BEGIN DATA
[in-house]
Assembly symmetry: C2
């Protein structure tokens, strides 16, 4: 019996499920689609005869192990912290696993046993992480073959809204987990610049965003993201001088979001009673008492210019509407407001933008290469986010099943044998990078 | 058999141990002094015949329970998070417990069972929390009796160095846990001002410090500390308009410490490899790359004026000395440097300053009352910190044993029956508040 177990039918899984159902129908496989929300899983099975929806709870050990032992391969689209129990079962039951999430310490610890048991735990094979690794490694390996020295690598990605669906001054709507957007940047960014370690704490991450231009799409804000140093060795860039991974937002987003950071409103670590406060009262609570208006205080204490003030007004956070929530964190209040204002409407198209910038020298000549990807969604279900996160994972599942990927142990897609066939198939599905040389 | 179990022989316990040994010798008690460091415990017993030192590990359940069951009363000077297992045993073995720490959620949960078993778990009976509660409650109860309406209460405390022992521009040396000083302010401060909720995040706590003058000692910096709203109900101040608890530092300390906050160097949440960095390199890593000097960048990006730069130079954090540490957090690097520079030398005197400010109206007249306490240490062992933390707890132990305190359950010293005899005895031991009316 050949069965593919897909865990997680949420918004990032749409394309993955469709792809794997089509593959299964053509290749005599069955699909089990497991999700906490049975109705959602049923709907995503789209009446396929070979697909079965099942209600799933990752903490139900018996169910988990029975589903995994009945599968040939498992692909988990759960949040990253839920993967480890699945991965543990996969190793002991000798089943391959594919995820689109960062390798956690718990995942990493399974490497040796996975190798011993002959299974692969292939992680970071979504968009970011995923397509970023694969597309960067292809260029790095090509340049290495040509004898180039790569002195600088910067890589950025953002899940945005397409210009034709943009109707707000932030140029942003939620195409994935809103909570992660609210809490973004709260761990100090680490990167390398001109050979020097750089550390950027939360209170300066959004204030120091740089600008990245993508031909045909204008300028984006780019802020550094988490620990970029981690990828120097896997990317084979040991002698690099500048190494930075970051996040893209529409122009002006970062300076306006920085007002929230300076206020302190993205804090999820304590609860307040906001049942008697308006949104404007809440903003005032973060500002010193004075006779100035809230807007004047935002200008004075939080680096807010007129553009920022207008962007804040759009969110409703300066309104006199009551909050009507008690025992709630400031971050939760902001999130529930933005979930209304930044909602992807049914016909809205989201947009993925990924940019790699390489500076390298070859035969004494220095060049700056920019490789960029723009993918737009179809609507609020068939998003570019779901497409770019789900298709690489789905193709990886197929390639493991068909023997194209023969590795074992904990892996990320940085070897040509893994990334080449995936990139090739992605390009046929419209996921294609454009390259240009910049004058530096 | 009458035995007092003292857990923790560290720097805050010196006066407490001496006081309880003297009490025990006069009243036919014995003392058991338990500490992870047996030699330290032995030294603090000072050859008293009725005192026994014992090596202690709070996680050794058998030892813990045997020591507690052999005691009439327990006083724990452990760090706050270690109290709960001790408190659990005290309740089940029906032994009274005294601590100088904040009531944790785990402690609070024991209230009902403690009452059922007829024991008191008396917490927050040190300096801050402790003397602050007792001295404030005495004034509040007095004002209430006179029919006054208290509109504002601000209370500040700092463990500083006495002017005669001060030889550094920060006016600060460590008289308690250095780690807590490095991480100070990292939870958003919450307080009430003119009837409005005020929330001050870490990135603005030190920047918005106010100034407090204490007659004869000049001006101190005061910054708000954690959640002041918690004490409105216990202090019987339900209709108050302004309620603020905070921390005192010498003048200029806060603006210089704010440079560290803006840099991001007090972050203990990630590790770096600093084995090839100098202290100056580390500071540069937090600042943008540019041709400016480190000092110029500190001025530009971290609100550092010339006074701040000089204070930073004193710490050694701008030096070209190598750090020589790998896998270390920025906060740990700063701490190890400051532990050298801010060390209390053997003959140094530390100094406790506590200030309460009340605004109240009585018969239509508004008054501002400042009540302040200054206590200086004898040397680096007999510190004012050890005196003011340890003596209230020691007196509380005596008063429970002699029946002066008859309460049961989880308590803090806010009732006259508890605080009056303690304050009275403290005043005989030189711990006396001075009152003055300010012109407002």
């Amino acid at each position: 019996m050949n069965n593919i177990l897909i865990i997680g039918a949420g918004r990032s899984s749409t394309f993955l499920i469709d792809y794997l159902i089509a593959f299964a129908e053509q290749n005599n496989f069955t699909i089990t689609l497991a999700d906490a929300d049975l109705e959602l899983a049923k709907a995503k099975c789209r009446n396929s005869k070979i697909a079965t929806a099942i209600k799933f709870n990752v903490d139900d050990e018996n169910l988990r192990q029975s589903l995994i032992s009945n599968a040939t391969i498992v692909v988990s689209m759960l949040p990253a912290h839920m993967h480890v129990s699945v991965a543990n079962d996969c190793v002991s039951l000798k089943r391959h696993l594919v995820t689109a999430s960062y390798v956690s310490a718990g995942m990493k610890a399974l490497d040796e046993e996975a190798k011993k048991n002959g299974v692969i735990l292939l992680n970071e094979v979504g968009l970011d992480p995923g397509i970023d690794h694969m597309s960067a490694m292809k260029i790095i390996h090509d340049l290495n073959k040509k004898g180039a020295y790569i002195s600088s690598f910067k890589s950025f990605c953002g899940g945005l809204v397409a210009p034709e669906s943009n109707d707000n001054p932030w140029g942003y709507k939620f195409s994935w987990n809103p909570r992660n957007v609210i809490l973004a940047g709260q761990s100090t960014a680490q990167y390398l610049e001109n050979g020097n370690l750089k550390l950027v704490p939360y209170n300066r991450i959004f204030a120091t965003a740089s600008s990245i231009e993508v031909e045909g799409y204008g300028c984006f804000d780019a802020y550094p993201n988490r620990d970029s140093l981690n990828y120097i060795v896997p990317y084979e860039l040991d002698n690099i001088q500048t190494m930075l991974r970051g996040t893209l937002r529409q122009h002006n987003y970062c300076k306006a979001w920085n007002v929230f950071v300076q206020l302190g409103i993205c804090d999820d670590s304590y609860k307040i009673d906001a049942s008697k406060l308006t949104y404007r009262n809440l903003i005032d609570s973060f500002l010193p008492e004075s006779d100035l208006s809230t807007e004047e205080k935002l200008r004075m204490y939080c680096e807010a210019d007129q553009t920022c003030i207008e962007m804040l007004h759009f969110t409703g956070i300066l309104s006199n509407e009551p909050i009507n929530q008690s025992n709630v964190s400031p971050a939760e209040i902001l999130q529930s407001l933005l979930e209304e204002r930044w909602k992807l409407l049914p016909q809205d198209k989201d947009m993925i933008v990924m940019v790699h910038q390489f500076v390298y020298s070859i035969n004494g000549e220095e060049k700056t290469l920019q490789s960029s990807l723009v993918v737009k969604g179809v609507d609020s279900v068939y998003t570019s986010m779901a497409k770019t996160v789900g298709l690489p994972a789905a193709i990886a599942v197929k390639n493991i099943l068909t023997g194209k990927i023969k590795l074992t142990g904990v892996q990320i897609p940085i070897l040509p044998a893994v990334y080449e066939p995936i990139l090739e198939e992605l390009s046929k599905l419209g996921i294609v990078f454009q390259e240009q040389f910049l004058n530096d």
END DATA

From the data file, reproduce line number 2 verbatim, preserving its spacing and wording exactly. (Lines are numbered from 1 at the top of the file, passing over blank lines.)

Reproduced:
Assembly symmetry: C2